13. W: Maple worksheet to see how the integral of a vector-valued function can be interpreted visually; rules of differentiation extend from scalar-functions to vector-valued functions easily (example below).
    13.2: 22 [check your answers against Maple worksheet],
    29 [another template for plotting curve and tan line together),
    33 [angle between tangent vectors],
    39 [use technology to do the integrals],
    [43], 48, 49,[54, use combined dot/cross product differentiation rules 4,5 from this section:
      (a · (b x c)) ' = a' · (b x c))  + a · (b' x c))  + a · (b x c')) ].
    [product rule holds for all the products involving vector factors as long as you keep the order of factors the same in each resulting term if cross products are involved;  usual sum rules always apply]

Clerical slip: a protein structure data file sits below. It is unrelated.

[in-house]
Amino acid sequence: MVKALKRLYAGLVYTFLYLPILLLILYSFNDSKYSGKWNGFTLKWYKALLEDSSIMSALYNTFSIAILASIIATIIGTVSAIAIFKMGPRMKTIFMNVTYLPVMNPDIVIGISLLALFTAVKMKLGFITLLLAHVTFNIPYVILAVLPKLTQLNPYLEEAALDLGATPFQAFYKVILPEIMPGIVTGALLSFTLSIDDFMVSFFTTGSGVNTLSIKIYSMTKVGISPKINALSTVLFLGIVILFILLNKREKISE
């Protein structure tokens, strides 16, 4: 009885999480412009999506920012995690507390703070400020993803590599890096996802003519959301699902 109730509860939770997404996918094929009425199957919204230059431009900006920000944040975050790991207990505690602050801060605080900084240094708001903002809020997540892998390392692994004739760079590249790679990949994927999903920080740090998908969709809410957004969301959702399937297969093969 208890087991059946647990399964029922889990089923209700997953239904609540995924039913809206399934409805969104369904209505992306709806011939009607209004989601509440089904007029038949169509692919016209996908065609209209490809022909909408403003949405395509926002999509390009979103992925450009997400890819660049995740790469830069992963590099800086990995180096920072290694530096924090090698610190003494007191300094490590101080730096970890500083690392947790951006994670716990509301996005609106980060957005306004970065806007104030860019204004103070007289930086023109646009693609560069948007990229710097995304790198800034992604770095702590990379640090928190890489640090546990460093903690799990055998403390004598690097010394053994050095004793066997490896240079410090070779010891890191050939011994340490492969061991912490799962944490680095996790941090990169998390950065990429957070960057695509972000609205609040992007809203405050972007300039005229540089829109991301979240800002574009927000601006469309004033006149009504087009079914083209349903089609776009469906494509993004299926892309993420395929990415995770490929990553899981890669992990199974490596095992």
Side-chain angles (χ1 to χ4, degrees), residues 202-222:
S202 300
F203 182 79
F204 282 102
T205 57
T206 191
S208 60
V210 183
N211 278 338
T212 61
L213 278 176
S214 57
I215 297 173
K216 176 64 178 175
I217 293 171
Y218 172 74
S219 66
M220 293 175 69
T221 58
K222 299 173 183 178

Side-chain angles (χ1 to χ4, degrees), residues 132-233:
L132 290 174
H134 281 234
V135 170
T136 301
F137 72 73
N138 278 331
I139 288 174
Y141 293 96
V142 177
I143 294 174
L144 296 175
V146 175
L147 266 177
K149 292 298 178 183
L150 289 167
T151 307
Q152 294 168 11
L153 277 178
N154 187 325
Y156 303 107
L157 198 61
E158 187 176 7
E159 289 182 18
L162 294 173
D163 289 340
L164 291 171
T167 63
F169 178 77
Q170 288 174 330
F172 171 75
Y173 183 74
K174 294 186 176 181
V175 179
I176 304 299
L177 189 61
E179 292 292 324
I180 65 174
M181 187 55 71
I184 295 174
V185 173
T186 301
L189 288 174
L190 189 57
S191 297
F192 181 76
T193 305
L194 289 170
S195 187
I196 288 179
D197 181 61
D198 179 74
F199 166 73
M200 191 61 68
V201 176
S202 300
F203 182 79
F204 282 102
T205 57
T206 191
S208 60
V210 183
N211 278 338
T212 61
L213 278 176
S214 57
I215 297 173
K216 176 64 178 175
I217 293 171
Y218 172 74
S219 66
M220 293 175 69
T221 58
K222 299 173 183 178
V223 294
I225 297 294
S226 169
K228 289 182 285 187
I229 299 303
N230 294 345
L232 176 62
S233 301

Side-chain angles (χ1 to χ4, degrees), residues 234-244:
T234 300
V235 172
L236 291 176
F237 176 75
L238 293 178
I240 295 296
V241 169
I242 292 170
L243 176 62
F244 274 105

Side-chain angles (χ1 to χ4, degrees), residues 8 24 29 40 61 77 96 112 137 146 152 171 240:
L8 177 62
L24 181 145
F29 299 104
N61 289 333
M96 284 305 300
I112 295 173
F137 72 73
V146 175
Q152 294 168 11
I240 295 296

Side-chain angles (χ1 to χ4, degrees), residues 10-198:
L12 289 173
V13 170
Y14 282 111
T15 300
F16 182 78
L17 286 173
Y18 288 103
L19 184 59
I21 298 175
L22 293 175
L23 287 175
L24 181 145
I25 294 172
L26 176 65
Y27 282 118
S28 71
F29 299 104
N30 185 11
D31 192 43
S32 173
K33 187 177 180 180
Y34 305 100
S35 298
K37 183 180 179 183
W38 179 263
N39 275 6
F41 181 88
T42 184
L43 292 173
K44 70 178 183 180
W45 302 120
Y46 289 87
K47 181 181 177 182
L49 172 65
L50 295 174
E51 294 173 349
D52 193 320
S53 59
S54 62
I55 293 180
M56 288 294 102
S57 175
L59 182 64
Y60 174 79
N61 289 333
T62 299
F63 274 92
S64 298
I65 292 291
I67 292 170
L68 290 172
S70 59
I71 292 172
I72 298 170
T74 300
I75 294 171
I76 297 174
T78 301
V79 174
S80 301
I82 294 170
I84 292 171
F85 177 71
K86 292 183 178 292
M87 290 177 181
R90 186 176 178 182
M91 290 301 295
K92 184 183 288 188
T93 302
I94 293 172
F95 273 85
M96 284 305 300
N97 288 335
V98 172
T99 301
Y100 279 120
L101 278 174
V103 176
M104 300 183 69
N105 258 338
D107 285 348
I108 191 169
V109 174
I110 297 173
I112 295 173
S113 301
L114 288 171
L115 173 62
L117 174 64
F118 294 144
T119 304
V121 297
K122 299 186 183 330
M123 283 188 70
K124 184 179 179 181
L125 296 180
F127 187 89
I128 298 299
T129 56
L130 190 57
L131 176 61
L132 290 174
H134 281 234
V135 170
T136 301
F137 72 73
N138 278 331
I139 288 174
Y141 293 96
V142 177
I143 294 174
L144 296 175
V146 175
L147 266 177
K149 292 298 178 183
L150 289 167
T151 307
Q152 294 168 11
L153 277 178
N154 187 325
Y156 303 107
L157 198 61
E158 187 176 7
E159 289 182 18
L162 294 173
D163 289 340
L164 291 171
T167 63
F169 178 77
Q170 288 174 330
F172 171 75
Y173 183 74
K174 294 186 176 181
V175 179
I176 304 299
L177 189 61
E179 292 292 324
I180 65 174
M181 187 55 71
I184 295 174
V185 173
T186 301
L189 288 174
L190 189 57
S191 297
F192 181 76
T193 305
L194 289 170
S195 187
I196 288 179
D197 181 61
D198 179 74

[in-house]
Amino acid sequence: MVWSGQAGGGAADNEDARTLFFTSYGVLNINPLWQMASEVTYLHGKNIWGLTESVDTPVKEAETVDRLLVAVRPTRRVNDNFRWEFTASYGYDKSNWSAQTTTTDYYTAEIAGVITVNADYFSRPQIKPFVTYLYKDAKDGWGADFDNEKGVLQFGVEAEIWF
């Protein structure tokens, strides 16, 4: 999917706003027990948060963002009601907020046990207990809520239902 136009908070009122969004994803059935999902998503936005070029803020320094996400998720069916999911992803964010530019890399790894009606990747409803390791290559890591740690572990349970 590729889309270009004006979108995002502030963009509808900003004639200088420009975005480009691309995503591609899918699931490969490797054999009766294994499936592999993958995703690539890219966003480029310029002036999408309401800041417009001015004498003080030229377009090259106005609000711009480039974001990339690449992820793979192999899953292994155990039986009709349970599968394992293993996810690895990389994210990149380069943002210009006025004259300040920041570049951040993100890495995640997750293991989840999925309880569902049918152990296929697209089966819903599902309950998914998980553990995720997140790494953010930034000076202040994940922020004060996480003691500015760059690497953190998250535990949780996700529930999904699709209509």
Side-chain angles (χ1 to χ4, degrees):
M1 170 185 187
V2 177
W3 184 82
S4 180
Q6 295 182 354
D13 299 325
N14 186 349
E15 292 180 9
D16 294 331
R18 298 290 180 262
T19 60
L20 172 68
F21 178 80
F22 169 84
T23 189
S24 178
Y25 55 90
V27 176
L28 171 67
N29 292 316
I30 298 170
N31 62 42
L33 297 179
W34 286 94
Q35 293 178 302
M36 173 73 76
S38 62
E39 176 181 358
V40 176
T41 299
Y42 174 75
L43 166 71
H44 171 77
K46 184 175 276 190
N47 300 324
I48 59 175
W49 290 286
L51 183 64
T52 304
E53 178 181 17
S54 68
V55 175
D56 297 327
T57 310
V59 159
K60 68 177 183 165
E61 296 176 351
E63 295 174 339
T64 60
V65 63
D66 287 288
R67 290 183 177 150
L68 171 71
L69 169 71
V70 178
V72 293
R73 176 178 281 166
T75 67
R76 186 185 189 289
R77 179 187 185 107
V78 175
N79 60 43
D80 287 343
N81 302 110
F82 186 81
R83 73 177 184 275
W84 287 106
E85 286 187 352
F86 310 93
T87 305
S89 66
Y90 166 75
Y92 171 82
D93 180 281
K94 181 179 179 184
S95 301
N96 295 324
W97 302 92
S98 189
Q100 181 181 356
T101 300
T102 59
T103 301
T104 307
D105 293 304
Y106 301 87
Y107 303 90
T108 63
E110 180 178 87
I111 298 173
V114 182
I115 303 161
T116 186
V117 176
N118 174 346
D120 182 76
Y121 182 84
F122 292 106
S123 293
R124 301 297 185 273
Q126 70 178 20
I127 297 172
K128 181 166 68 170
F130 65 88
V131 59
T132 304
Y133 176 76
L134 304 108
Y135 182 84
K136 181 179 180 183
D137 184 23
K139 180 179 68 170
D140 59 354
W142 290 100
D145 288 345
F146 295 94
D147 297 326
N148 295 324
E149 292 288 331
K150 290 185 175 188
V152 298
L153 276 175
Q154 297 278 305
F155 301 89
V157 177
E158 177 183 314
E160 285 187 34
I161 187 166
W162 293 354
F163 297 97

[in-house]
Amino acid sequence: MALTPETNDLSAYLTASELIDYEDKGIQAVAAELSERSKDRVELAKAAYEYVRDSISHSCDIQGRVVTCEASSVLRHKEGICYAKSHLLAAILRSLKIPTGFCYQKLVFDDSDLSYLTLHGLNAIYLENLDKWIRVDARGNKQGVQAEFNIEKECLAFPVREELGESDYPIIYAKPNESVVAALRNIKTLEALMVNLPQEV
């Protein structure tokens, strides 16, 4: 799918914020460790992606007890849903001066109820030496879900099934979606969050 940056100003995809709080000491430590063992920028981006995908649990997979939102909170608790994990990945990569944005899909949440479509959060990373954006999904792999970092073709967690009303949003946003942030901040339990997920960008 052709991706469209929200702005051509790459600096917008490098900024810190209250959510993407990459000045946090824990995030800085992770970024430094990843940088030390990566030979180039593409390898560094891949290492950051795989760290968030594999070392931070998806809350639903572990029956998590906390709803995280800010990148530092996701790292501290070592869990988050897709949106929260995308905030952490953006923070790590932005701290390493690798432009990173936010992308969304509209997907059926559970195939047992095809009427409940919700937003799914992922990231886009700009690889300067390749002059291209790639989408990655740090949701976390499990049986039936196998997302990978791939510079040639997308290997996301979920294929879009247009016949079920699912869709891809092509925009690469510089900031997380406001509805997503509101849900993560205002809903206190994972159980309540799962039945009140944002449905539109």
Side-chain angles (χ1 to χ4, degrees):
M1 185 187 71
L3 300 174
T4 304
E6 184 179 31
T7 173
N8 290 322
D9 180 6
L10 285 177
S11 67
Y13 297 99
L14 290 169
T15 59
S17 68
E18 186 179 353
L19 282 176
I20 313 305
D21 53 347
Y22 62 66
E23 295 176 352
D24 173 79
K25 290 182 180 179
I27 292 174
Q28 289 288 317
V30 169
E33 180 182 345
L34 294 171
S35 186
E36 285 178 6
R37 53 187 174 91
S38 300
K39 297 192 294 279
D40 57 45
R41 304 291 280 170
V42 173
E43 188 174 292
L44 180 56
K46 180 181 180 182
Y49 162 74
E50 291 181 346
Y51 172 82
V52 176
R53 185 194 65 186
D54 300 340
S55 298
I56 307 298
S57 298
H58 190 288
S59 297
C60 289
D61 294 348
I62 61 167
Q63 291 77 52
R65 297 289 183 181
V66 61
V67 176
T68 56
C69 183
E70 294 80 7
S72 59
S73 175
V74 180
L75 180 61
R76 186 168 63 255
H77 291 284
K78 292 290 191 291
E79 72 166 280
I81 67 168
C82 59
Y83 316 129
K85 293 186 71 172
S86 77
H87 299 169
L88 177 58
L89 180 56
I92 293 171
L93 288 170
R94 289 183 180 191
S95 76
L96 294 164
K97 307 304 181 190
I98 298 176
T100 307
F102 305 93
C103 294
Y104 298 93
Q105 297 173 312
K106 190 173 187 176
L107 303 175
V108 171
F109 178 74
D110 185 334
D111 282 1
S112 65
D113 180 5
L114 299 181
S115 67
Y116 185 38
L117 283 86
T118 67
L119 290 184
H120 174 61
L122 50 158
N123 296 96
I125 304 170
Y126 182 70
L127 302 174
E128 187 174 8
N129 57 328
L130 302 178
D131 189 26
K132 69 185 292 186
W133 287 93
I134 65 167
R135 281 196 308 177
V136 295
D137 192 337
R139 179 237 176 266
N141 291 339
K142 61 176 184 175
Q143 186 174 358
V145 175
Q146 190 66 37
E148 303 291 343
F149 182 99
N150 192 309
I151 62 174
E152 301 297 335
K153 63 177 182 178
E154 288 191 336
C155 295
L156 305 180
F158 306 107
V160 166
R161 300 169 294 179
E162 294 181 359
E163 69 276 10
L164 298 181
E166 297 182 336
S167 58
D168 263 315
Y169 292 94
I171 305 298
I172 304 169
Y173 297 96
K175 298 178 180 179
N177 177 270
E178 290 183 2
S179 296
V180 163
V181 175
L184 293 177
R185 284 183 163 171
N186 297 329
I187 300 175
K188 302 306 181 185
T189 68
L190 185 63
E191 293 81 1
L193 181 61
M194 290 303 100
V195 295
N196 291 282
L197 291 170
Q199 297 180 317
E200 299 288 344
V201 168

14. Th: 13.3 (arclength) arclength toy problems require squared length of tangent vector to be a perfect square to be integrable usually! [or a factorization that makes a u-sub work!]
    online handout on arclength and arclength parametrization;
    [integral of speed with respect to time is distance traveled! so the length of a curve is the integral of the magnitude of the tangent vector! easy.]
    [note the input of the sqrt in the integrand is a perfect square in this problem];
    5, [note the factorization to make an obvious u-sub];
    10 [use numerical integration either with your graphing calculator or if you use Maple, right-click on output of integral, choose "Approximate";
          for the curious: oops! what a mess!];
    11 [hint: to parametrize the curve, first express y and then z in terms of x, then let x = t; another perfect square],
    12 [hint: let x = cos(t), y = 2 sin(t) for the ellipse, then solve the plane eqn for z to get the parametrization, for one revolution of this ellipse]

  15. F: Quiz 3;